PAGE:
Walter Frances Cowart Reeves, 98, of Inman, Ga., Fayette County, passed away on Nov. 3, 2017 after a long and full life.
Frances was born Jan. 8, 1919 in Union City, Ga. Her father, Walter Cowart, was a business and civic leader in Union City, East Point, and College Park. Her mother, Fannye Phillips Cowart, died when Frances was 9. Frances graduated from Campbell County High School and enrolled at the University of Georgia at age 16.
There, she majored in Social Sciences, graduating Magna Cum Laude in 1939 and accepted as a member of Phi Beta Kappa, Phi Kappa Phi and Alpha Lambda Delta. She received her Master’s in Economics in 1940.
At the outbreak of World War II, she enlisted in the Women’s Army Corps (WACS). During several deployments, she rose to the rank of 1st Lieutenant. After separation, Frances was hired as Executive Director of the Tallahassee Girl Scout Council.
She enrolled in Atlanta Law School in 1948 but health problems forced her to postpone her studies. She moved to Fayette County in late 1948 and bought a small farm, to raise chickens and trace-mineralized vegetables while she taught science at Fayette County High School.
At a housewarming party, Frances was introduced to Frank Reeves, a local farmer, civic leader and World War II veteran. Discovering mutual interests, the two were married in 1950. Three sons and two daughters followed in the next nine years. While raising a family, Frances taught high school for two years.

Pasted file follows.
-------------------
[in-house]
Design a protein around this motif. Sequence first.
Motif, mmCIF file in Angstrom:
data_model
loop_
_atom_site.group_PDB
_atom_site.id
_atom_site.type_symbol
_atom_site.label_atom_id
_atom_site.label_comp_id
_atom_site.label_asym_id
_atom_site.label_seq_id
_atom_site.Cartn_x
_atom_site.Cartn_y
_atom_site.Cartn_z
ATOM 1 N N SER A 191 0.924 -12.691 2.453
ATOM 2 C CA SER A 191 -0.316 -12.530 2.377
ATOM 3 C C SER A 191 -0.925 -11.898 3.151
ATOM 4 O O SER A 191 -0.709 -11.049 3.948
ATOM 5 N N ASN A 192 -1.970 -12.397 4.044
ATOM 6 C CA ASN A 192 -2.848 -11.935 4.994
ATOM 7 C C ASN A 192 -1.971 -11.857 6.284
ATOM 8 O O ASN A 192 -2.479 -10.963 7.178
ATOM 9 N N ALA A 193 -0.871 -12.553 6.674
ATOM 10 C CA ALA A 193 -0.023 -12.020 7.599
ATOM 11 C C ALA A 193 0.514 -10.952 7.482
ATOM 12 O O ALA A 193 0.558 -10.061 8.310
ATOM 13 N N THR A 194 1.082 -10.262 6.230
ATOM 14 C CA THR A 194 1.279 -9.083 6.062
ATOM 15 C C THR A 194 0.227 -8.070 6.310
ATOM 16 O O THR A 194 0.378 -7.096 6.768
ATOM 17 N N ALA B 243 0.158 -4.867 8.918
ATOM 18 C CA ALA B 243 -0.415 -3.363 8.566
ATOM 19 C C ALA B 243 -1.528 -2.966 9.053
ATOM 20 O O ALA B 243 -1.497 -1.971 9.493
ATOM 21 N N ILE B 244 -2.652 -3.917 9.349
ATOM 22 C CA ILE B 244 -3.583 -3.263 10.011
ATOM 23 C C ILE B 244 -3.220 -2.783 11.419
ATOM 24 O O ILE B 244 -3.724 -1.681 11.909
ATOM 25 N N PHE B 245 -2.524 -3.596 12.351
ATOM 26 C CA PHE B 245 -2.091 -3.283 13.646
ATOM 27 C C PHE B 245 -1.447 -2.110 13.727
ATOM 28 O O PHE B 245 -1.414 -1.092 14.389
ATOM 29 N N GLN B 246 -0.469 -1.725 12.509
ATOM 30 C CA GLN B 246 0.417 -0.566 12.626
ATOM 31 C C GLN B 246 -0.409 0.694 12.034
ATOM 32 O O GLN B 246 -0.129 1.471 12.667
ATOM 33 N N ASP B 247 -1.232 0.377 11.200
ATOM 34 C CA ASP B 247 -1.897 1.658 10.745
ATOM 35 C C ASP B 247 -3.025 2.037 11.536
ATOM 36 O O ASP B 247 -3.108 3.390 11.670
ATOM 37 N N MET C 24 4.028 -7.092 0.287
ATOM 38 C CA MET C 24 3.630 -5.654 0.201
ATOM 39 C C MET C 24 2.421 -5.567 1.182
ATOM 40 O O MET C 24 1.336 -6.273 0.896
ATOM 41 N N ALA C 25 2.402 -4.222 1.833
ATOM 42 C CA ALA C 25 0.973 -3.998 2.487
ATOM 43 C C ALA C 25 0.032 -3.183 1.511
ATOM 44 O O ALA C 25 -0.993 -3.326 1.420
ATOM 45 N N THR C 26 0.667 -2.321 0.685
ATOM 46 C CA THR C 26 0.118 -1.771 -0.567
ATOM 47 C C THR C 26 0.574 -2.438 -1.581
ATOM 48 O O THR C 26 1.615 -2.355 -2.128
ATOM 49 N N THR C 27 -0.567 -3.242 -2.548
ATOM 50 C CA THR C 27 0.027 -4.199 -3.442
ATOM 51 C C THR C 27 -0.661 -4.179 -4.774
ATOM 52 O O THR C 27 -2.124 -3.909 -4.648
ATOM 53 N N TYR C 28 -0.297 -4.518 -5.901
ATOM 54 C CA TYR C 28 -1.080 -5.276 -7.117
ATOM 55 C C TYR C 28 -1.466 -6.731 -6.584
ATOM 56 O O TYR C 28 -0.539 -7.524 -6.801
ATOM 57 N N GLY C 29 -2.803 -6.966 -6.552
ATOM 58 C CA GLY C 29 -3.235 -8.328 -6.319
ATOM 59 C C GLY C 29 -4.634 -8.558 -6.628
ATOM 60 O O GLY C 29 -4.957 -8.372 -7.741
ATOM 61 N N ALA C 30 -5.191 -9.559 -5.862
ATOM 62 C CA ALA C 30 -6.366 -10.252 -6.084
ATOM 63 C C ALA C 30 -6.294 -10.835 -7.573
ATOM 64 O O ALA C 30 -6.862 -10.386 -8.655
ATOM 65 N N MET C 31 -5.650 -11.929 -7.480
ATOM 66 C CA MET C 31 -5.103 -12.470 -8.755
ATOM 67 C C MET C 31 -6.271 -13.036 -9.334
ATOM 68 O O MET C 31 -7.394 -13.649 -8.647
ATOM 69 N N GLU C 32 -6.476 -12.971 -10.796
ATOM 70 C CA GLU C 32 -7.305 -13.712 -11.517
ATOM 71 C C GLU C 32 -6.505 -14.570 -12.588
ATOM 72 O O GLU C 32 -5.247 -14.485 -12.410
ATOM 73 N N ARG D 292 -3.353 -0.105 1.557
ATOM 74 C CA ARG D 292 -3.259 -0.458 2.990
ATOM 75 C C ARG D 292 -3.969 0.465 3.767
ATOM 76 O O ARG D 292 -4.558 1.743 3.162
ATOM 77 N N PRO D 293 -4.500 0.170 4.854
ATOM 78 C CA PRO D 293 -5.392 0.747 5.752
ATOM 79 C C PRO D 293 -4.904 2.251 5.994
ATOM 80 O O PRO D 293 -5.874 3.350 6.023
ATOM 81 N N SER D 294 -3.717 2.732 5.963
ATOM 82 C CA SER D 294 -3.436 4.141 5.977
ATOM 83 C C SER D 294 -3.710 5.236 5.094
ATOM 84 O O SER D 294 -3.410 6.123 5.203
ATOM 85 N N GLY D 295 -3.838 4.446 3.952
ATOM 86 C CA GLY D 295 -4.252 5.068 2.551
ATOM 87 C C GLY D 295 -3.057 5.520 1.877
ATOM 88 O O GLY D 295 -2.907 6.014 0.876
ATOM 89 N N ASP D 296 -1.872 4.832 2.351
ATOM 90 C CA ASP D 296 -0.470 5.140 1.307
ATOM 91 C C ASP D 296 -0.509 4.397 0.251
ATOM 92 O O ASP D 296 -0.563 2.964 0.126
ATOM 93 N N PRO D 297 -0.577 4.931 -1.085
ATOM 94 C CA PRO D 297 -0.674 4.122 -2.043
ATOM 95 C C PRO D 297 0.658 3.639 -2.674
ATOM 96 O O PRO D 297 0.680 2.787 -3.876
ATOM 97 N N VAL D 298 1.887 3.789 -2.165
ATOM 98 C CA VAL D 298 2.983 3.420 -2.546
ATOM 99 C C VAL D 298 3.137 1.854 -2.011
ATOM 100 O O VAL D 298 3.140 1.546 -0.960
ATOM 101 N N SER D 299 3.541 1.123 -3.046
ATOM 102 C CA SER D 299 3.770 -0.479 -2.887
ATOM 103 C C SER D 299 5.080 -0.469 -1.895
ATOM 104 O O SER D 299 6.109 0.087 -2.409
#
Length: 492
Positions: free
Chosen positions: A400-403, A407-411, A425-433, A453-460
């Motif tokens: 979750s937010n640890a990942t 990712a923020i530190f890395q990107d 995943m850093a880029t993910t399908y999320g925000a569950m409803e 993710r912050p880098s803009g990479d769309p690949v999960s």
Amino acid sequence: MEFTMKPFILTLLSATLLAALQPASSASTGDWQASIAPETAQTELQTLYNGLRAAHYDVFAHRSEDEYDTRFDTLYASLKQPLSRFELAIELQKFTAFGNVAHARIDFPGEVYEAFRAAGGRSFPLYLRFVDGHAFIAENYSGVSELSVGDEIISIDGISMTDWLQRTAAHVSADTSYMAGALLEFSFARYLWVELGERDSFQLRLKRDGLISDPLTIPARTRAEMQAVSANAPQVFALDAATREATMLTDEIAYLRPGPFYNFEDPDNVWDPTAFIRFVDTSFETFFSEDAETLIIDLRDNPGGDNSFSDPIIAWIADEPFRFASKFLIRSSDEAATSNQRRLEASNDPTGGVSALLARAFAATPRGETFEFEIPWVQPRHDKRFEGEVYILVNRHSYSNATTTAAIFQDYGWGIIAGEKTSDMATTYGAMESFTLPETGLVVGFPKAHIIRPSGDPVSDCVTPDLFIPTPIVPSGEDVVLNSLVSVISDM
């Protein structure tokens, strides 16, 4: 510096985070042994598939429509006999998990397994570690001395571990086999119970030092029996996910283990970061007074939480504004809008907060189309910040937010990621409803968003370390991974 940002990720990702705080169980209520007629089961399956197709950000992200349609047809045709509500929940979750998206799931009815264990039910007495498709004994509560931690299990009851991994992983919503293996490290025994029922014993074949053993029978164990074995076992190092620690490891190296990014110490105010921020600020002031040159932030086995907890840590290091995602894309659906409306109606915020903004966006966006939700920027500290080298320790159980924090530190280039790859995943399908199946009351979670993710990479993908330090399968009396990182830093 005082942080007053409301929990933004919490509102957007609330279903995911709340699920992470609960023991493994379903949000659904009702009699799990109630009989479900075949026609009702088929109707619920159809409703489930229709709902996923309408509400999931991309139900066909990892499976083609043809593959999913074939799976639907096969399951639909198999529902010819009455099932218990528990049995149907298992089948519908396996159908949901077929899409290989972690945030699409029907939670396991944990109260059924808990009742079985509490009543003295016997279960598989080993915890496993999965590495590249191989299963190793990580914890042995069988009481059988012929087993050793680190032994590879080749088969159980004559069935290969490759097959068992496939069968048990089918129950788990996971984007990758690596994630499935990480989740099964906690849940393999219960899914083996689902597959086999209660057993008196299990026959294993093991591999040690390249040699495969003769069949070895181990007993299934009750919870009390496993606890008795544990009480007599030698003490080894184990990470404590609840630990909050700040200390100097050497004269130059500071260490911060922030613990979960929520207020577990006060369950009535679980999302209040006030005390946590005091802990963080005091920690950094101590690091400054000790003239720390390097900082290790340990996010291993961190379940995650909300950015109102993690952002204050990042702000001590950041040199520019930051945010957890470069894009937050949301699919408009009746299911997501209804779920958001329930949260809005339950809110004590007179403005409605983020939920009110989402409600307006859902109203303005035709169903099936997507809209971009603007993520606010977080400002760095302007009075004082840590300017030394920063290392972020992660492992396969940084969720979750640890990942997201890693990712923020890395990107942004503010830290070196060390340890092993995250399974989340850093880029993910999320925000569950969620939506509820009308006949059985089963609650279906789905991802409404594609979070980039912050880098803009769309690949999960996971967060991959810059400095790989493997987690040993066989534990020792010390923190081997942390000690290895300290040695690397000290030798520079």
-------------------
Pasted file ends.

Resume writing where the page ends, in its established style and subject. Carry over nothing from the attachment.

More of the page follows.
Native Fayette Countians remember the maps to local fishing ponds she distributed as “Frances, The Fisherman’s Friend.” When Frank began selling Farm Bureau insurance, Frances served as secretary for the local Farm Bureau chapter for several years. During this time, she also sold World Book Encyclopedias, prepared tax returns, and was an editor at Fayette County News. Always active in civic affairs, Frances promoted zoning issues, school bonds, and the Democratic Party.
In retirement, Frances continued her tax work and became involved with AARP, the Fayette Human Services Council, and the Mental Health Association. She was a strong advocate for building the Fayette Senior Services Center. The garden there was built in her honor. Always interested in local history, Frances authored “A Short History of Fayette County.” Frances enjoyed her trips with Elderhostel and with her local “Happy 5th” group.
Over the years, she was honored as Fayette Woman of the Year, the Fayette NAACP Citizen of the Year, and received the 2006 WXIA-TV Community Service Award. Frances flew on the inaugural Fayette Honor Flight for veterans to visit Washington, D.C. The United Way Volunteer of the Year award was renamed in her honor. She was a life-long member of the Church of Christ.
She is survived by her children: Walter, Robert (Teresa), Alan (Barbara), Carol (Philip Zweig) and Nancy (Kent Player). Frances is also survived by 8 grandchildren, Philip, Erin, and Emily Reeves, David and Rachel Zweig, Kelly and Ross Logsdon, Grey East, 1 great grandchild, Coby Reeves, numerous nieces and nephews and her half-sister, Jane Upchurch. In her last years, Frances was lovingly cared for by Laverine Francis and Sherri Simpson-Lynch.
Frances’ motto in life was “Do unto others as you’d have them do unto you.” You can honor her memory by following this rule.
Visitation will be held at Mowell Funeral Home on Monday, Nov. 6, 2017, from 5 p.m. to 8 p.m. Funeral services will be held at the Chapel of Mowell Funeral Home, Fayetteville on Tuesday, Nov. 7, 2017 at 2 p.m., followed by interment at Camp Memorial Park, next to her husband.